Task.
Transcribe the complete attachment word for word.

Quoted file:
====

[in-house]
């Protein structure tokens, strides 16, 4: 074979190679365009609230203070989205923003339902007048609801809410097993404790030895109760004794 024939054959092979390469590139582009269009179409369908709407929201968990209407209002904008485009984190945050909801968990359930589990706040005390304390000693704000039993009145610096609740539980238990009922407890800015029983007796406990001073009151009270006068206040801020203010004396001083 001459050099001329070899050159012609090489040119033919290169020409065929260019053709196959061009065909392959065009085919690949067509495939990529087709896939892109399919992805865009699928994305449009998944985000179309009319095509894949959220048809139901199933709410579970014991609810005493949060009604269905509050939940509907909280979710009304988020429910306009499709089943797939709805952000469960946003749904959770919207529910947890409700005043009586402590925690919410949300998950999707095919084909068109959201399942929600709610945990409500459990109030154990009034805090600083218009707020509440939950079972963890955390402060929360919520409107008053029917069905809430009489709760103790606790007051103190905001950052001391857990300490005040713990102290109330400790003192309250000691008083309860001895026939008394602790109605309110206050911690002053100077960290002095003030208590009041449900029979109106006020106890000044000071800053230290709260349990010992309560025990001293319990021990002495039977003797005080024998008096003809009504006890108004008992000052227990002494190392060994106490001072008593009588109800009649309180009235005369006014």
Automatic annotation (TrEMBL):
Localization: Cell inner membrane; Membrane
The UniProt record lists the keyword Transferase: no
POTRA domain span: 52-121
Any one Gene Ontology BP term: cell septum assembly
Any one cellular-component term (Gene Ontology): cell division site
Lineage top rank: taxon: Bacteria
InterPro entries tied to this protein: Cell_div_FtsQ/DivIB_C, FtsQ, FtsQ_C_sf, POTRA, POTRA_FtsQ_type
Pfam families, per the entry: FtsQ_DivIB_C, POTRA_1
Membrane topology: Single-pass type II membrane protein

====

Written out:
[in-house]
């Protein structure tokens, strides 16, 4: 074979190679365009609230203070989205923003339902007048609801809410097993404790030895109760004794 024939054959092979390469590139582009269009179409369908709407929201968990209407209002904008485009984190945050909801968990359930589990706040005390304390000693704000039993009145610096609740539980238990009922407890800015029983007796406990001073009151009270006068206040801020203010004396001083 001459050099001329070899050159012609090489040119033919290169020409065929260019053709196959061009065909392959065009085919690949067509495939990529087709896939892109399919992805865009699928994305449009998944985000179309009319095509894949959220048809139901199933709410579970014991609810005493949060009604269905509050939940509907909280979710009304988020429910306009499709089943797939709805952000469960946003749904959770919207529910947890409700005043009586402590925690919410949300998950999707095919084909068109959201399942929600709610945990409500459990109030154990009034805090600083218009707020509440939950079972963890955390402060929360919520409107008053029917069905809430009489709760103790606790007051103190905001950052001391857990300490005040713990102290109330400790003192309250000691008083309860001895026939008394602790109605309110206050911690002053100077960290002095003030208590009041449900029979109106006020106890000044000071800053230290709260349990010992309560025990001293319990021990002495039977003797005080024998008096003809009504006890108004008992000052227990002494190392060994106490001072008593009588109800009649309180009235005369006014």
Automatic annotation (TrEMBL):
Localization: Cell inner membrane; Membrane
The UniProt record lists the keyword Transferase: no
POTRA domain span: 52-121
Any one Gene Ontology BP term: cell septum assembly
Any one cellular-component term (Gene Ontology): cell division site
Lineage top rank: taxon: Bacteria
InterPro entries tied to this protein: Cell_div_FtsQ/DivIB_C, FtsQ, FtsQ_C_sf, POTRA, POTRA_FtsQ_type
Pfam families, per the entry: FtsQ_DivIB_C, POTRA_1
Membrane topology: Single-pass type II membrane protein